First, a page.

TORONTO, Oct. 26 /PRNewswire-FirstCall/ - Vasogen Inc. (NASDAQ:VSGN; TSX:VAS), a researcher and developer of immune modulation therapies targeting chronic inflammation, today announced the presentation of preclinical research demonstrating the ability of VP025 to provide a significant neuroprotective effect in a model of Parkinson's disease. The research, carried out by the Department of Anatomy/Neuroscience, Biosciences Institute, University College Cork, Ireland, was presented at Neuroscience 2004, the Society for Neuroscience's 34th Annual Meeting in San Diego.

"The ability of VP025 to offer a protective effect in the brain and reduce neuron death in this preclinical model suggests that this drug may have potential in the treatment of Parkinson's disease," said Dr. Aideen Sullivan, principal investigator for this study at University College Cork. "It is also encouraging to note that these data are consistent with other research being presented at this conference this week, which highlight the positive anti-inflammatory effects of VP025 in other preclinical models."

[ ... Read the full press release ... ]

Sunday, October 24, 2004

Olfactory Bulb Stem Cell Transplants and ALS

A number of news reports are beginning to be published from presentations at Neuroscience 2004, the ongoing conference of the Society for Neuroscience. Here is one press release from Johns Hopkins Medical Institutions concerning a presentation about amyotrophic lateral sclerosis (ALS):
Olfactory Bulb Stem Cells and Lou Gehrig's Disease
Johns Hopkins researchers have found that transplants of mouse stem cells taken from the adult brain's olfactory bulb can delay symptoms and death in a mouse model of amyotrophic lateral sclerosis, or Lou Gehrig's disease.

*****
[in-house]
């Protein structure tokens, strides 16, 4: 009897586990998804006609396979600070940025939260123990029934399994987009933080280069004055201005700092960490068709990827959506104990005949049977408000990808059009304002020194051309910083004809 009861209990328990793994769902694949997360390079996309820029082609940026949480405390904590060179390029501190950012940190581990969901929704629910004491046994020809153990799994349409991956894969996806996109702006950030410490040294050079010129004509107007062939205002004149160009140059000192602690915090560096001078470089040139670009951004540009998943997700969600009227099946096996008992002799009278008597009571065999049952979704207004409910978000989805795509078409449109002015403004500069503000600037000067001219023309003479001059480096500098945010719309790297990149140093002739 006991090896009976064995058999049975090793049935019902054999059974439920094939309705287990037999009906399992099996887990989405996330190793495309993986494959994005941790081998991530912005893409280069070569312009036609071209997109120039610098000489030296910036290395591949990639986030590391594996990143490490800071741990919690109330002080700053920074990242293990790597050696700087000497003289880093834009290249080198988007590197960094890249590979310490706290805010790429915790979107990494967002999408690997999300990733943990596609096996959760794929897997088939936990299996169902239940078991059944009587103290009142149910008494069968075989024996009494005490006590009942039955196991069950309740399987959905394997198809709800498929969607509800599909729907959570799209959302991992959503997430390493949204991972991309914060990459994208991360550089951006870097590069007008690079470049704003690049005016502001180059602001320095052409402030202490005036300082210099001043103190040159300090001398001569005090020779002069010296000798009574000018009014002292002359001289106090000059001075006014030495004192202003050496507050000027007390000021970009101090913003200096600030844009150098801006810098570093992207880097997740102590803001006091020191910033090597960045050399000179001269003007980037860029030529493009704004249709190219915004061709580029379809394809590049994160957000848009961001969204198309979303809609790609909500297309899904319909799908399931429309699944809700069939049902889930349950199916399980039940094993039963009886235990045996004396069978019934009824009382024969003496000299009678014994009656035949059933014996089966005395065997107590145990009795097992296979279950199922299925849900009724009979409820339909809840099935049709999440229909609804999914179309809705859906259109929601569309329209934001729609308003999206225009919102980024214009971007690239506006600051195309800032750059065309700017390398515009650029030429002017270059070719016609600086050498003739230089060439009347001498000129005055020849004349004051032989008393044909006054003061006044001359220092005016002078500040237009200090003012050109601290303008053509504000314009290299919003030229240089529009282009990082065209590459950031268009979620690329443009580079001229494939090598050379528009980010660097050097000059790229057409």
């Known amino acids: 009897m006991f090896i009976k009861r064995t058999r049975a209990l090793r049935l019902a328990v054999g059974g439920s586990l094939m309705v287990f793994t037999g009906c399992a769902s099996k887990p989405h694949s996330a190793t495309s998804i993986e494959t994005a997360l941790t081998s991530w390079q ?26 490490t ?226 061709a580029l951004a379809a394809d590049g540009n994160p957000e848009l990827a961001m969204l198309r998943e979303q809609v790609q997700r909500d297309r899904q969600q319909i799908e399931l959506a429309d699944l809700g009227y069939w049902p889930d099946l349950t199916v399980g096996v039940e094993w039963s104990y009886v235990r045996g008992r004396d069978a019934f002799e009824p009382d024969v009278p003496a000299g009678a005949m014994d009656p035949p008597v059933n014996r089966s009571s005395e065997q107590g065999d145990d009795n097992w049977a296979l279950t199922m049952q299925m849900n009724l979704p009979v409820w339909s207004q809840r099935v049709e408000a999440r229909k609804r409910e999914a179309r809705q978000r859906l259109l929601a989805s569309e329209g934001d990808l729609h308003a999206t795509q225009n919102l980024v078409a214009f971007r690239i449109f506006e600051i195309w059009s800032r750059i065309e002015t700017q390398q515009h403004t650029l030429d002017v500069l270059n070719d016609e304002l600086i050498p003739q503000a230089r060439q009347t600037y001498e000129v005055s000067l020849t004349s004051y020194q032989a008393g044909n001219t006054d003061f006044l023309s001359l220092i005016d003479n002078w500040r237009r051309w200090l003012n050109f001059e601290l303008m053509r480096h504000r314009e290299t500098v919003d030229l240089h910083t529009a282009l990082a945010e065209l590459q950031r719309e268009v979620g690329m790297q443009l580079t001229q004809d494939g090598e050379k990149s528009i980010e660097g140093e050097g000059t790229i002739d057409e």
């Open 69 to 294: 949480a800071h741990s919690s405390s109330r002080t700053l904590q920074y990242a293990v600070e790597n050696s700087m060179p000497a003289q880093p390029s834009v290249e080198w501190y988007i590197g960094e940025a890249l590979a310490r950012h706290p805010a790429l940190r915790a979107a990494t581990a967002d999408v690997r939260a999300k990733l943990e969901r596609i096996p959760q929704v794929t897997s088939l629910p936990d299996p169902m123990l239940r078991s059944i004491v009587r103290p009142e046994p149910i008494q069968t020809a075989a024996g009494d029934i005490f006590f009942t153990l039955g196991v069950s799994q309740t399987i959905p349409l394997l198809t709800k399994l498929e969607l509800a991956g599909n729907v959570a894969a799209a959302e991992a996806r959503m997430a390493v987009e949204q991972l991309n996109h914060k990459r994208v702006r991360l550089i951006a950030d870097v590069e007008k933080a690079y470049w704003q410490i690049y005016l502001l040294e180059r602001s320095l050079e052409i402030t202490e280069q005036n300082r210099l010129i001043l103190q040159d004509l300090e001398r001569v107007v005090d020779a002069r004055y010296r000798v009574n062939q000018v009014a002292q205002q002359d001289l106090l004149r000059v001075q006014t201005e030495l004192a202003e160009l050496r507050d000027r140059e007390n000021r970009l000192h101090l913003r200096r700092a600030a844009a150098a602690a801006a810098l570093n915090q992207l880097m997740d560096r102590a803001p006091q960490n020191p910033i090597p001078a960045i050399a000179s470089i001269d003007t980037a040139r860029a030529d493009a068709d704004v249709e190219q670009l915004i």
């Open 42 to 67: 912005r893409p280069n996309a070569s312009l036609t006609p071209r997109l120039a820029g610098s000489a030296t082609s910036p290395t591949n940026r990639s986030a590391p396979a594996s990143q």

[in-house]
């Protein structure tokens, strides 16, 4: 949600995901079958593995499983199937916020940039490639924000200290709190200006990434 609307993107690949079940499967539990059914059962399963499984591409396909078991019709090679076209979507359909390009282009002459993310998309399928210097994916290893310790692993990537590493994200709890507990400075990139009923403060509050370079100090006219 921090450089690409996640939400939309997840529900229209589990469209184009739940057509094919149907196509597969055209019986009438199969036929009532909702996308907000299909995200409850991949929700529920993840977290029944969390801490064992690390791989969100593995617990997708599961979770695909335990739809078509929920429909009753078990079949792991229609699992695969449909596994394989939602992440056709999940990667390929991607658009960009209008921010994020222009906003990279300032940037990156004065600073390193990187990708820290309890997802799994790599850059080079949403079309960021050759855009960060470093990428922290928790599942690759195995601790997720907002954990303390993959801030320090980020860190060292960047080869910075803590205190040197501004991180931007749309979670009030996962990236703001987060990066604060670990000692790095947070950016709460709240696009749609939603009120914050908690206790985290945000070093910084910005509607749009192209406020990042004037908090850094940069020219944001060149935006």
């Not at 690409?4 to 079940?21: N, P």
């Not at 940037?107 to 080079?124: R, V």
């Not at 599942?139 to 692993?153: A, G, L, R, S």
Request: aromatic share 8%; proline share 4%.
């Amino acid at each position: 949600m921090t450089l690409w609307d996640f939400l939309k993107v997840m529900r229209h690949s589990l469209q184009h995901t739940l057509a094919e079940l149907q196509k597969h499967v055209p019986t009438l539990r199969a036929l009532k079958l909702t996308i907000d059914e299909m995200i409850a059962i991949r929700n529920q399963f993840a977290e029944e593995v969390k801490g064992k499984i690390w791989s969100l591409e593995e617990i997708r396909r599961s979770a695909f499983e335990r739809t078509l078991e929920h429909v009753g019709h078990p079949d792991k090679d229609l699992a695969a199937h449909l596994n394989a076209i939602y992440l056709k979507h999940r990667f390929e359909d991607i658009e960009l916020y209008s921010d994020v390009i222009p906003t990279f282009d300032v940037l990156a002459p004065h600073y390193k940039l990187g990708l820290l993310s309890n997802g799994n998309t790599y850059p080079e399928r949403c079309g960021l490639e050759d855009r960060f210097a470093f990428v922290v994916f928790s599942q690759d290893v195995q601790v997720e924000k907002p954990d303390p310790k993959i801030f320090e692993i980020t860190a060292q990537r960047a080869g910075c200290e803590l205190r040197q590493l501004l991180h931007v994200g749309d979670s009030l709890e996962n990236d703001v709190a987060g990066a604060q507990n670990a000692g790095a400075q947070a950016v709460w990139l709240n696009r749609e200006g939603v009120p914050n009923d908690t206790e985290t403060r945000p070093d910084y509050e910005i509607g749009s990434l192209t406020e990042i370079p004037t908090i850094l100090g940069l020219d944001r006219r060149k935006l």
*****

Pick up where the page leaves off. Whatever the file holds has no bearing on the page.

Read the abstract for Transplantation of Adult Olfactory Bulb Neural Stem Cells Delays Disease Onset and Prolongs Survival in a Mouse ALS Model by L.J. Martin and Z. Liu.

[ ... Read the full press release ... ]

Friday, October 22, 2004

In The Weeklies

Here are some relevant highlights from this week’s major scientific and medical weeklies:

Journal of the American Medical Association
20 October 2004
This week’s JAMA has a number of contributions on the subject of the diagnosis and treatment of strokes.

New England Journal of Medicine
21 October 2004
This week’s issue contains a research paper and an editorial on the topic of Tuberculous meningitis: Abstract for Dexamethasone for the Treatment of Tuberculous Meningitis in Adolescents and Adults by Thwaites and colleagues and an extract of the editorial, Adjunctive Steroids for Tuberculous Meningitis - More Evidence, More Questions by Quagliarello.

Lancet
23 October 2004
The current issue includes the paper, Interferon beta-1a for brain tissue loss in patients at presentation with syndromes suggestive of multiple sclerosis: A randomised, double-blind, placebo-controlled trial by Filippi and colleagues.

Science